Unlike the proverbial cobbler’s children who go without shoes, the home that interior designer Skip Carlin shares with his wife Lisa is a testament to the lauded artist’s craft. As the couple has a talent for seeing possibility where others may see pathetic, the two were not intimidated by the sad state of the 1974 ranch in Narragansett they first laid eyes on eight years ago. “We have a penchant for buying the worst house in the neighborhood,” Skip confesses. This home in particular was “badly added on to” over the years, he explains, but he knew he could fix it. “The size of the rooms and the way it was laid out was pretty good, so if you could see past the bad, you would see its potential.”
Surrounded by lush greenery but close to the ocean, the home became a passion project for the couple. But Lisa and Skip knew they had their work cut out for them. “The ceilings were 7.5’ tall so you felt the ceiling was coming down on your head,” Skip explains. So they planned with their builder, Mike Cunha of Providence, to push up into the attic space which allowed them to add a tray ceiling in the dining room. In the living room, where there was an odd slanted ceiling due in part to a poorly executed addition, they renovated the space to create a wide, open room with a dramatically different 11-foot ceiling that can accommodate a pair of impressive chandeliers.
“There were ugly fireplaces; not even interesting... they were the typical six-foot expanse of red brick all the way to the ceiling,” says Skip. To give them visual interest and dimension, his team rebuilt the space, giving it a smooth, sophisticated exterior with detailed trim and molding. They also moved many walls and realigned doorways throughout the home to create a line of sight wherever possible, finishing rooms off with more molding. “The dining room, living room, kitchen/family room – the three principal parts of the house are adjacent to each other, so it doesn’t feel like a small house,” he explains of the approximately 3,000 square foot, four bedroom home.
While in most cases a couple may collaborate on the design process, Skip takes the lead when it comes to décor, albeit with Lisa’s input and blessing. “I always develop a pretty clear idea of what I want to do,” says Skip. But he also finds his better half adds a fresh point of view. “She has a very good color sense. I frequently go to her for advice,” he explains, adding that he seeks Lisa’s approval before tearing down walls and jumping in full speed. Married 35 years in June, she’s grown accustomed to some of Skip’s favorite things. “My taste is pretty consistent,” he says of his preference for the English country house model he’s emulated in Narragansett. “I have had the same light fixtures from more than four houses ago. They just come with me.”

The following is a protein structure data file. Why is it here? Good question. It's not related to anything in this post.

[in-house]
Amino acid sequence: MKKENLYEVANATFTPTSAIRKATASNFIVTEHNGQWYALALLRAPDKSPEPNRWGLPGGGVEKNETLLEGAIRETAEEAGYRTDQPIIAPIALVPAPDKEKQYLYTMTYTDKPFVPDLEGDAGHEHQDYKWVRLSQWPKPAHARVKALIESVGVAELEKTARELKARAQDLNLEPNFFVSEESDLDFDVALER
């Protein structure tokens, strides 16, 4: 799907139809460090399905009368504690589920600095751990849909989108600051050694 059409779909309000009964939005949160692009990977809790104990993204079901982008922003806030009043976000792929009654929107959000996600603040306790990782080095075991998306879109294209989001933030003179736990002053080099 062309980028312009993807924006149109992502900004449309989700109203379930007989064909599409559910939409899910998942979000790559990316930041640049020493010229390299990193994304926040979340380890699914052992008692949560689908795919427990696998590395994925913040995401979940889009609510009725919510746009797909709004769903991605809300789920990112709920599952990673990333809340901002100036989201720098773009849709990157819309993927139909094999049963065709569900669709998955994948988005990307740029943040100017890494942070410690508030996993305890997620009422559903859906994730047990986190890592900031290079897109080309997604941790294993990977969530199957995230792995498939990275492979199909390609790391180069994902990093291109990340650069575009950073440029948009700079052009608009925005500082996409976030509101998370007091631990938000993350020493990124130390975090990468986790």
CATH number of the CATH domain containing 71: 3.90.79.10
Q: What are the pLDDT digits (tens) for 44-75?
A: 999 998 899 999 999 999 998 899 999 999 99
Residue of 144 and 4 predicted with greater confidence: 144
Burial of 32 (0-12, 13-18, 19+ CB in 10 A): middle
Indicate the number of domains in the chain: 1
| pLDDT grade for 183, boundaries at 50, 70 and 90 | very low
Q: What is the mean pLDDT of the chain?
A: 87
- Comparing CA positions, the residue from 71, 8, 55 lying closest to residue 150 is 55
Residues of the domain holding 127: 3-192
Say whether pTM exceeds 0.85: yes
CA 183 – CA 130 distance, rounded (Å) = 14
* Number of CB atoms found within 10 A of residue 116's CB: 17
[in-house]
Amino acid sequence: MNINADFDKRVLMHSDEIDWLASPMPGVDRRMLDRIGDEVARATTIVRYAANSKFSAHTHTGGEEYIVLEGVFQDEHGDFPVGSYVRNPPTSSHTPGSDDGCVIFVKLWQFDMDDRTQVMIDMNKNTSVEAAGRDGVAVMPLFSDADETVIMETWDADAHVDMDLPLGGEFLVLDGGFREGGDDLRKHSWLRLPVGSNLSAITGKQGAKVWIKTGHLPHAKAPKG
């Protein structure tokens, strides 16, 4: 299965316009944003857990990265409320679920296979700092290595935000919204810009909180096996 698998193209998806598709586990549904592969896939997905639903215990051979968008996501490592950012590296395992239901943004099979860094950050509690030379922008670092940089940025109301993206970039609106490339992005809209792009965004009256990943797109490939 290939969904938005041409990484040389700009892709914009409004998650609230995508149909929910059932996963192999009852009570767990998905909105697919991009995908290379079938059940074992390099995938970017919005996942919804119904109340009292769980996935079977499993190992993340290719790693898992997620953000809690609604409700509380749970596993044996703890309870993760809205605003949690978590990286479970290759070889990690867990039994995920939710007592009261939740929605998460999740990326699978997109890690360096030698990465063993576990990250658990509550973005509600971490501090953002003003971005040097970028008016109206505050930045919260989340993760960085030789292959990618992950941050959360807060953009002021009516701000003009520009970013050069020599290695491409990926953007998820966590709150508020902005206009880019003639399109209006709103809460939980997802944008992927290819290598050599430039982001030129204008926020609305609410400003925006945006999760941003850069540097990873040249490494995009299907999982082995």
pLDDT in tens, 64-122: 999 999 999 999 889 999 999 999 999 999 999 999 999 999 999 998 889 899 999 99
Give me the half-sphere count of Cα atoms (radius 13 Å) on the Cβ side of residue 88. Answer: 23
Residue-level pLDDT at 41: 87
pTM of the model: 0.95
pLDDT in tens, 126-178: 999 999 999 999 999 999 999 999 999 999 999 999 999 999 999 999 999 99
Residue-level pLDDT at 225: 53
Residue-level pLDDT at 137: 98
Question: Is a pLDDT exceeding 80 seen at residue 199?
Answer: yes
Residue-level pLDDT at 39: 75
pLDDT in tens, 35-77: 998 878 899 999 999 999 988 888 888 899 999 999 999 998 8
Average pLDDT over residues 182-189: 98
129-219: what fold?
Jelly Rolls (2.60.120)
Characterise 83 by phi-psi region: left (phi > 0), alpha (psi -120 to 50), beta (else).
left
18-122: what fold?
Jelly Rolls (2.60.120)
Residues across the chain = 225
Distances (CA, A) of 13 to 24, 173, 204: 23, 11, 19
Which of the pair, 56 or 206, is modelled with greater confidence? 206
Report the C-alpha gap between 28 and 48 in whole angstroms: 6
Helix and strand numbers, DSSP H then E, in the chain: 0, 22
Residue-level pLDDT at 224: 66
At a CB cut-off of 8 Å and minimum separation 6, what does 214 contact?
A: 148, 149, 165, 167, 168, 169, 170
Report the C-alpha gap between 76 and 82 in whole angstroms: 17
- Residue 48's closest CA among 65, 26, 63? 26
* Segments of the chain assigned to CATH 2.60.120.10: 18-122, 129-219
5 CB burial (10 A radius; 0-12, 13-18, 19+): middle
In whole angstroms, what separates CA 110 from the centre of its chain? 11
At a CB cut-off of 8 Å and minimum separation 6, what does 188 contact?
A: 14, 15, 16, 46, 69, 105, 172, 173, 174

Having owned antique shops through the years and being a collector from the time he can remember, Skip says he loves antique pieces, particularly because of the fine craftsmanship that usually begets older furnishings. “My house is pretty much older things, anything from 40 to 50 years old,” and older, he says. Whether for his own abode or for a client, Skip also frequents local antique shops, including favorites Ferguson & D’Arruda Antiques and Red Bridge Antiques, both on Providence’s Wickenden Street.
Skip applies the same philosophy and approach in his own home as he does for clients. “I really like scale in a house,” he says. “When I look at a project, I look at the architecture and the envelope of the room itself.” While shopping for wall coverings, drapes and furniture is some of the more exciting parts of fashioning a room, Skip says it’s important to deal with any structural challenges needed in the space first.
Next, he advises, start with an arrangement of the key furniture, then consider where things on the wall should go, and finally, talk color. “I would say if you have nice, old things to work with, start with that,” he suggests. Especially in smaller homes, it’s important to lift the eye upwards in a room, Skip says. “Even if you don’t have a tall room, you tend to hang things on the walls that take your eye up. Curtain rods and things hung pretty high have the effect of making a room feel larger and taller,” he explains. Another trick Skip used in many of the rooms in his own home was giving the walls a specialty paint finish called “strie,” a French word meaning striated or striped, combing in which two different colors are “layered” which gives the wall subtle, “combed” finish and added depth.
Sometimes, the most unexpected hue can tie an entire home together. One of Skip’s favorite rooms in the house is the living room, which he describes as a hue of mandarin. “It’s pretty dramatic,” he admits. “It’s very vivid and it makes people look great — [it’s] very uplifting, very cheerful.” Turns out, the room, the house and the people inside are quite uplifting as well.